I know this is a year old, but this phenomenon drives me nuts. I’m always one to be friendly with service people. I worked a few service jobs myself, and it’s pretty awful work. And that’s in the US where you can go through an entire convenience store transaction without a single word being said by either party. Not even close to Japan, with all the self-effacing bullshit that they put themselves through (we as Americans seem to acknowledge the service person’s right to a shitty day, I guess).

    Anyway, I watch my (Japanese) girlfriend do what you talk about here all the time: no thank you’s, no eye contact, nothing – just take the change/food/bag and walk away. And she lived in the US for two years. She’s a super nice girl, perhaps too nice, but this culture we live in – it leaves no room for that kindness in everyday situations. And that’s really unfortunate.

    I’m under no illusion that I can make any kind of change, and I am certainly ignoring the 15-odd service people yelling God-knows-what every time I round a corner in the store, but I do make sure to look people in the eye and smile when I thank them for whatever it is they’ve done for me — even if it’s handing me change. Mileage always varies, but I almost always get a genuine smile in return. Hell, some people’s faces literally light up. But maybe that’s just because the only white dude in town smiled at them, who knows.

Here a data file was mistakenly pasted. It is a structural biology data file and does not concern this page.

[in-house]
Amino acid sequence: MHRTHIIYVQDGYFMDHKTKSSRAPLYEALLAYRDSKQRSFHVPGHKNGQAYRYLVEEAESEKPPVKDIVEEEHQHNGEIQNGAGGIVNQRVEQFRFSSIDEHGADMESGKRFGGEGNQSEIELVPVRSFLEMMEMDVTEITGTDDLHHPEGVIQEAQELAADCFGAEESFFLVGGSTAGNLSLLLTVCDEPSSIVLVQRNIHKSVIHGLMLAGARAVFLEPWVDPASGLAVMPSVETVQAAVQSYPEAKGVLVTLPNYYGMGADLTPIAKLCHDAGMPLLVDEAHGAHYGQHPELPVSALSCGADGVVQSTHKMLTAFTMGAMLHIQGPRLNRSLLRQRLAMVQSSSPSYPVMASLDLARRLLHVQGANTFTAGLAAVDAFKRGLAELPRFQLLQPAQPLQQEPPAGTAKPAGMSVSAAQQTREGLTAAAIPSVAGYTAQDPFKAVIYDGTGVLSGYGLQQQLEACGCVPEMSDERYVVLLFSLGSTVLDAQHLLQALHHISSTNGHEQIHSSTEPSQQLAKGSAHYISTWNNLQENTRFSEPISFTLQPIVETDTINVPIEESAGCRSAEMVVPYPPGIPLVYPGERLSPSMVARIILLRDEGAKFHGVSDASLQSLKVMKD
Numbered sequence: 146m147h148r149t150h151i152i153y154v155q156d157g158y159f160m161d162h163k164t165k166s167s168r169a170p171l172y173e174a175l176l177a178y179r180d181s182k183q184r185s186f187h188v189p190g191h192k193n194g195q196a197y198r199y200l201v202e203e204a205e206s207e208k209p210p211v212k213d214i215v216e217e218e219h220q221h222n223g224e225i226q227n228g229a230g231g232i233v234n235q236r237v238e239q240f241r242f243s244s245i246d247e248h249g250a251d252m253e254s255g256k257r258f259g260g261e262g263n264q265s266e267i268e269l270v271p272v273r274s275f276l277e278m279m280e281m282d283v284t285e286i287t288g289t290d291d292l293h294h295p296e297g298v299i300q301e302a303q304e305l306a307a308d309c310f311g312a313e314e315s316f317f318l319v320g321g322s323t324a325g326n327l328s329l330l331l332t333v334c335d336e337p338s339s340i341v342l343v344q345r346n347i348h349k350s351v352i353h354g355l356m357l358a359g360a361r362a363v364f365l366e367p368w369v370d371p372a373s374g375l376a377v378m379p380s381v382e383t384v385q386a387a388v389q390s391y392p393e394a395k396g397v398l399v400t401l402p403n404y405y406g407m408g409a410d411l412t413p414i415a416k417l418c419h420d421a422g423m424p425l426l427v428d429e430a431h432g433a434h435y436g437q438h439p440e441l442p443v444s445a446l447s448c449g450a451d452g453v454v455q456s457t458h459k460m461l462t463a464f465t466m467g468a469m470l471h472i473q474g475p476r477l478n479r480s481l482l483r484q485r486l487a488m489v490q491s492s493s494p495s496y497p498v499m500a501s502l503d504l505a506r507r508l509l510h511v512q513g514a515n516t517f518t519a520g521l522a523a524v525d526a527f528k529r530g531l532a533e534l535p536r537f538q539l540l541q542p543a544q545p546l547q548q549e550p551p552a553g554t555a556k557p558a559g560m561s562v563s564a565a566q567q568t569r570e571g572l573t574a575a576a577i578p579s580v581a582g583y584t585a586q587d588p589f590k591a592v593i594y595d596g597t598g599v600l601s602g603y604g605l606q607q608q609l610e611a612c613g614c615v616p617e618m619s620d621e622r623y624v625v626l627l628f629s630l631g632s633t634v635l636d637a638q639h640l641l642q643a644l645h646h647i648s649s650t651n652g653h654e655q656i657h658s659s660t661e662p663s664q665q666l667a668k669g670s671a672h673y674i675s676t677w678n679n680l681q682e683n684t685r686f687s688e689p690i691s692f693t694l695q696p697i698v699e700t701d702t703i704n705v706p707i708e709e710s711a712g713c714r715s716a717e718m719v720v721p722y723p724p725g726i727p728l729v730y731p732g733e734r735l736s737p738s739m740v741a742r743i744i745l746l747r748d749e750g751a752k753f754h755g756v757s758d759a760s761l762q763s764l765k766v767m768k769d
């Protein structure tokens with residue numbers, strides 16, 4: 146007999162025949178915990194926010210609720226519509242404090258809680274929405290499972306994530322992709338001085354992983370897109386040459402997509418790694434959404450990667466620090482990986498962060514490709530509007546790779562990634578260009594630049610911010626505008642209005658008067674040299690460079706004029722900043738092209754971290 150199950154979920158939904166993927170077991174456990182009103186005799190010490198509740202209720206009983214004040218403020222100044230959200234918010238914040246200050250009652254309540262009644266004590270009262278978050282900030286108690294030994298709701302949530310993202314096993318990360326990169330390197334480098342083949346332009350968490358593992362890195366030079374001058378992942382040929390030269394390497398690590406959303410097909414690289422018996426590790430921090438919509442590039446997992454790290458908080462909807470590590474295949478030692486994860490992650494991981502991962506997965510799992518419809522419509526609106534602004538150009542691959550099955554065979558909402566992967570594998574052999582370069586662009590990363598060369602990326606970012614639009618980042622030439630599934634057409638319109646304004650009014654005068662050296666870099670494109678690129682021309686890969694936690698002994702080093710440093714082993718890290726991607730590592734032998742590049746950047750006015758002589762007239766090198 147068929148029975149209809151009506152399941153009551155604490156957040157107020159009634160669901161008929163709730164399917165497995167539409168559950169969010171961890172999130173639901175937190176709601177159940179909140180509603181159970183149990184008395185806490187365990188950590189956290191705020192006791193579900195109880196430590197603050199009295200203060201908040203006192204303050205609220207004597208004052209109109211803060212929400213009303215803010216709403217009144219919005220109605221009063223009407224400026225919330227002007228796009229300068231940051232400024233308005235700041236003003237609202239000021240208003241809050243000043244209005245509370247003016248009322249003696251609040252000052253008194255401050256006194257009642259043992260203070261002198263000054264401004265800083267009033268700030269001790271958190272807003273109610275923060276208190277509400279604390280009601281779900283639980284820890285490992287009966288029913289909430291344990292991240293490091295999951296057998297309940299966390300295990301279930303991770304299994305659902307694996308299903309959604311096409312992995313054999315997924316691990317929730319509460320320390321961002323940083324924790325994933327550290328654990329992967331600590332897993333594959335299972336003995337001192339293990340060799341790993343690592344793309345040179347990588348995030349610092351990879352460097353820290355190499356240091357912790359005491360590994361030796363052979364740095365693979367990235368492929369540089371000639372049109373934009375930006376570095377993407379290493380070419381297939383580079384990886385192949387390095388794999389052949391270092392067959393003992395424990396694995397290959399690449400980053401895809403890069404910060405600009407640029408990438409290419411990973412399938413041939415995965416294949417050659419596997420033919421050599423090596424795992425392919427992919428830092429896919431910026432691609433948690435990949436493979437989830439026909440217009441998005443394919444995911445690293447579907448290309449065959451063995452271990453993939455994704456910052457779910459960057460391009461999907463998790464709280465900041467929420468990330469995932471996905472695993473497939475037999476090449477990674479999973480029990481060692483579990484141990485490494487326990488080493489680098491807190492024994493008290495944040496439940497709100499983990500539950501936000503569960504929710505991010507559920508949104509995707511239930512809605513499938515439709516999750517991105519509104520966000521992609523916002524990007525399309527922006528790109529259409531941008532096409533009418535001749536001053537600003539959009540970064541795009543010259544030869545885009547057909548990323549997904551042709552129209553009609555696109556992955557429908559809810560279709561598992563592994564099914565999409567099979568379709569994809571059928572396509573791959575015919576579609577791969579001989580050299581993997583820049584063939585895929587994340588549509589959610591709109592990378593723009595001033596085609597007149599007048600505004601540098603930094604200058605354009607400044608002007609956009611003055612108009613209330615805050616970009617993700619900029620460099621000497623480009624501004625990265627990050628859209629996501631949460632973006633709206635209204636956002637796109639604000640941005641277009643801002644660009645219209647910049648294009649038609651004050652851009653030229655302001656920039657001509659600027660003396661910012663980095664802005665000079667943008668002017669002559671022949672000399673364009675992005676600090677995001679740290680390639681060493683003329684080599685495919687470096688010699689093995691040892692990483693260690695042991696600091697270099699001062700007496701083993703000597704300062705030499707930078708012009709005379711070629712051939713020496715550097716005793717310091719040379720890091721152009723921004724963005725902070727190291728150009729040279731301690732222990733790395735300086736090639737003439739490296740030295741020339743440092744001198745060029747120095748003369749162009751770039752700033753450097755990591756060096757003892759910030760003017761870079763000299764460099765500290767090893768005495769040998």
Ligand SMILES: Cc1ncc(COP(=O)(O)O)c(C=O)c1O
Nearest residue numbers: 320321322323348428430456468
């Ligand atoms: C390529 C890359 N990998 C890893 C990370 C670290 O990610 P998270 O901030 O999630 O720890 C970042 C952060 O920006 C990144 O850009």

1. It’s one of the stranger things about Japan, huh, this dichotomy between how nice people can be in one situation, and how cold they can be in another. It seems more pronounced than in other countries. Is that just my imagination?

      I struggle with this myself, I gotta say. On the one hand, I agree—I’ve always been a friendly, outgoing person and I feel like it’s just courtesy to thank people and acknowledge their efforts. God knows service personnel in Japan bust ass. On the other hand, I’m reluctant to act too differently, because there’s already the impression that white = different, and I don’t like to contribute to that mindset. I’d rather people see that we’re more the same than we are different, despite our outward appearances. We may not look like everybody else, but we can talk and act like them, emulating not just the good behaviors, but the bad as well. Maybe that’s what assimilation is. But like I said, I struggle with it a bit.